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Looking ahead:

I have a carpet of hydrocotyle japan that's in a wiremat sitting in my 75g show tank. I don't really want to keep it in there and it was only placed in there while I waited to scape this tank. Now that I have this set up, I'm wondering if I want to introduce it at all. I may give it a shot while the tank goes through its start-up fits to increase the plant mass and I can always take it out.

Still trying to decide if I want to add CO2. I am considering taking the CO2 system out of my desktop shrimp tank and converting that to a lowtech tank. This would work since the high tech plants in the shrimp tank aren't really popping anyway and growth rates aren't a concern with a 3.7g cube.

Haven't even thought very much about stocking yet. Initially we were considering pea puffers (even started a ramshorn colony!) but until we see where the pH stabilizes at with a small amount of aquasoil we can't pull the trigger on alkaline fish like dwarf puffers. If those are out of the question It'll probably be a small school of nano tetras or another bright fish. By the end of the week I'll likely toss some of my otos in there to start munching on any algae that appears. Tank will be cycled with some of my long-established media out of other canisters.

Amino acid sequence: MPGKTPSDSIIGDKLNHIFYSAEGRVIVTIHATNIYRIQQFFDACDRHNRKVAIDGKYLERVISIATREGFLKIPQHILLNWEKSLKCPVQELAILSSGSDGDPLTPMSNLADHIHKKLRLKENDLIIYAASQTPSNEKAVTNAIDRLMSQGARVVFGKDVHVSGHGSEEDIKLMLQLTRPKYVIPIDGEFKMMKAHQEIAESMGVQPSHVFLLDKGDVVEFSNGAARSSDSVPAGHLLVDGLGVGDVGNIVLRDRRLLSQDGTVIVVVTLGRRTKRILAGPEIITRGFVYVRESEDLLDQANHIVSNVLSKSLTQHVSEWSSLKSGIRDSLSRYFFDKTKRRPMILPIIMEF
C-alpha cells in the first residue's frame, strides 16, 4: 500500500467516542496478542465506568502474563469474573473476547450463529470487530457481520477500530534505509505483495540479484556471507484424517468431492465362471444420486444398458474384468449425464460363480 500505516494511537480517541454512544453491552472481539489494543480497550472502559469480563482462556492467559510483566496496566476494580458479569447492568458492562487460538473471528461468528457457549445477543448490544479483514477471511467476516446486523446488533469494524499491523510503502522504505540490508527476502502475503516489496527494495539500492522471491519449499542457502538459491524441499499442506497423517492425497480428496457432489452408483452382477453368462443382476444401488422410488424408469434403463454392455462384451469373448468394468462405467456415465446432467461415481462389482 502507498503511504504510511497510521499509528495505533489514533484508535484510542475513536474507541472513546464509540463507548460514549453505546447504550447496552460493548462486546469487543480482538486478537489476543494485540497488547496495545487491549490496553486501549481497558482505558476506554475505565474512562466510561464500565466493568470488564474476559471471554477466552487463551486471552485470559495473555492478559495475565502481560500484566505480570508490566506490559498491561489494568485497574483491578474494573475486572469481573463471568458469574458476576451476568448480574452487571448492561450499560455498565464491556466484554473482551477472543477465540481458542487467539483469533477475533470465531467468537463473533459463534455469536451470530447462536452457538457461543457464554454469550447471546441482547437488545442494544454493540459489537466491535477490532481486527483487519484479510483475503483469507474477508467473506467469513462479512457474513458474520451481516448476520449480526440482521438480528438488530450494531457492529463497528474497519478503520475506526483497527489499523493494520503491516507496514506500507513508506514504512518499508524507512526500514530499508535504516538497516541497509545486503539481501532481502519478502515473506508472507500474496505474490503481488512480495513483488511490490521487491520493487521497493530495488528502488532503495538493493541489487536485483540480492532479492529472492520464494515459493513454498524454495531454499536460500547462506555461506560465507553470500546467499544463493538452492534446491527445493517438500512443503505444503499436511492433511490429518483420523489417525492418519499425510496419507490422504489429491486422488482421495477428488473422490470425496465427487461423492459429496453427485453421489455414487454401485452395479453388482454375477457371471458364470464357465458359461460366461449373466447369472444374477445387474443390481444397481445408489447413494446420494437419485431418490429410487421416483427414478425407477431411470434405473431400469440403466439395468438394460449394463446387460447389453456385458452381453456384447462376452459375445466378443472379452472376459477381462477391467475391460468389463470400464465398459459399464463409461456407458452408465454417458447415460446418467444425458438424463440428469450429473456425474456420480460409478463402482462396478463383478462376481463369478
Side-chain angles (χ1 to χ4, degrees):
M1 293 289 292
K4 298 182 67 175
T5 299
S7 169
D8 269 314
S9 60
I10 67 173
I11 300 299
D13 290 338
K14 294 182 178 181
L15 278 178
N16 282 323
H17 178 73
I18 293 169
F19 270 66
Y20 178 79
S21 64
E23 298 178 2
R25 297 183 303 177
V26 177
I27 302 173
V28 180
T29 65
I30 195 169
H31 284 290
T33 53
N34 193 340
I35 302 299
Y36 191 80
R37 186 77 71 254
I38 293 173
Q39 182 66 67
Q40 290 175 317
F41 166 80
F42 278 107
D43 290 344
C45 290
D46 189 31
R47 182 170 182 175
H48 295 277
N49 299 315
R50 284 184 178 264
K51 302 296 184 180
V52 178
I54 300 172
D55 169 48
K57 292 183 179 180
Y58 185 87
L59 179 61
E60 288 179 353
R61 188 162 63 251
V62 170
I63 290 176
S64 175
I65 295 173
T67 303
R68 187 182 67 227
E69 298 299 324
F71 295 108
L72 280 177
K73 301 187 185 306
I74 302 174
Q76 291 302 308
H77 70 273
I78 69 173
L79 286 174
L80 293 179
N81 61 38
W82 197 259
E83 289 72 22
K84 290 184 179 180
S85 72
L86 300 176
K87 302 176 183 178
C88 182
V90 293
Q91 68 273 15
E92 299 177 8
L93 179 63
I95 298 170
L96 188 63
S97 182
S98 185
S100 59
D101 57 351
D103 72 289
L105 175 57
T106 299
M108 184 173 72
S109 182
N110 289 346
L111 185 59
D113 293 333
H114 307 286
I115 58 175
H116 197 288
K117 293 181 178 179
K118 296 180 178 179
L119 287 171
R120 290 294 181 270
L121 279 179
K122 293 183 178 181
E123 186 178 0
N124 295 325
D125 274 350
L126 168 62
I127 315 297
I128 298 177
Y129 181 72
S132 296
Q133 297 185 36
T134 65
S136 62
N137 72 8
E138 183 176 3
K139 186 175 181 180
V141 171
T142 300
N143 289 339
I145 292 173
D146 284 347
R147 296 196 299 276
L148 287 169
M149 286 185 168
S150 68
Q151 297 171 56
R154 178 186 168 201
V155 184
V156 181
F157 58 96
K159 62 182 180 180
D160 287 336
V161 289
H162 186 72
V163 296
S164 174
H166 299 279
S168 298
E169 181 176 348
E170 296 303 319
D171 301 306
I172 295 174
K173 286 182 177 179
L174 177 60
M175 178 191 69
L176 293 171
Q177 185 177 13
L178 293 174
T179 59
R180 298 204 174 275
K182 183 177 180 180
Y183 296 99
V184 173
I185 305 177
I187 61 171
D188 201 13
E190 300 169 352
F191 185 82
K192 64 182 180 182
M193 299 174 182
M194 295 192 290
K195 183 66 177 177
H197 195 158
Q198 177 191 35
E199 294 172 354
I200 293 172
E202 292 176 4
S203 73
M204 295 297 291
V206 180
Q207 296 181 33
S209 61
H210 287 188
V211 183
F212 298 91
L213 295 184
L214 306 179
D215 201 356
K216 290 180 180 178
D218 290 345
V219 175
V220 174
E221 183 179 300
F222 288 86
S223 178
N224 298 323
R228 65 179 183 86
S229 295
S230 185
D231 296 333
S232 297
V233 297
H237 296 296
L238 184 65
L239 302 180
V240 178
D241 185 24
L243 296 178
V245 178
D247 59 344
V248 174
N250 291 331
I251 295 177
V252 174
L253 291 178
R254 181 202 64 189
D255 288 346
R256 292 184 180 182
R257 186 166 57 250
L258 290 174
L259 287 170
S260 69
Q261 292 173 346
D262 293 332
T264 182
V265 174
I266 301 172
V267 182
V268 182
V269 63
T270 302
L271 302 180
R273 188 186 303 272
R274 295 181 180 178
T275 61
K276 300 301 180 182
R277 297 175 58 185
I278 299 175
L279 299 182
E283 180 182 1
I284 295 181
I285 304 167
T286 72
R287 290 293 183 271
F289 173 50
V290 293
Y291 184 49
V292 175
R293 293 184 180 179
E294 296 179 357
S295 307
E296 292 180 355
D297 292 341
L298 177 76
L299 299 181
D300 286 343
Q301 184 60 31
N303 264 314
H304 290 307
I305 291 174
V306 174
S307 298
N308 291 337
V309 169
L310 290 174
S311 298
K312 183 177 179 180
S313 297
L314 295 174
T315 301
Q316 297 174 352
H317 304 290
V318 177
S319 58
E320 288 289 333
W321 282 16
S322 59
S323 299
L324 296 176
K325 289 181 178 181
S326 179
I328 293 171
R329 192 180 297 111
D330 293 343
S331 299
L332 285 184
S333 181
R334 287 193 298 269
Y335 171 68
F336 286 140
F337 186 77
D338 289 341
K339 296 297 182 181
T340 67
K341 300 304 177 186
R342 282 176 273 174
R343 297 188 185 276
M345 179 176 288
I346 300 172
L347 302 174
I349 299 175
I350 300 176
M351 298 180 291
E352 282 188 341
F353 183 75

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Nice looking tank and great job on the stand!
 

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This is a terrific setup. THIS(!) is how red lava rock should be used - as an accent to bring out the reds in other hardscape. It's going to look so great when as it ages. Really great stand, too.

I snagged both the 5.4 & 9.6 gal Lifegard tanks, as well as the ONF fixture, and have been toying with which tank to use it on. Have been leaning toward the 5.4 but your setup has be questioning that plan. Looks great.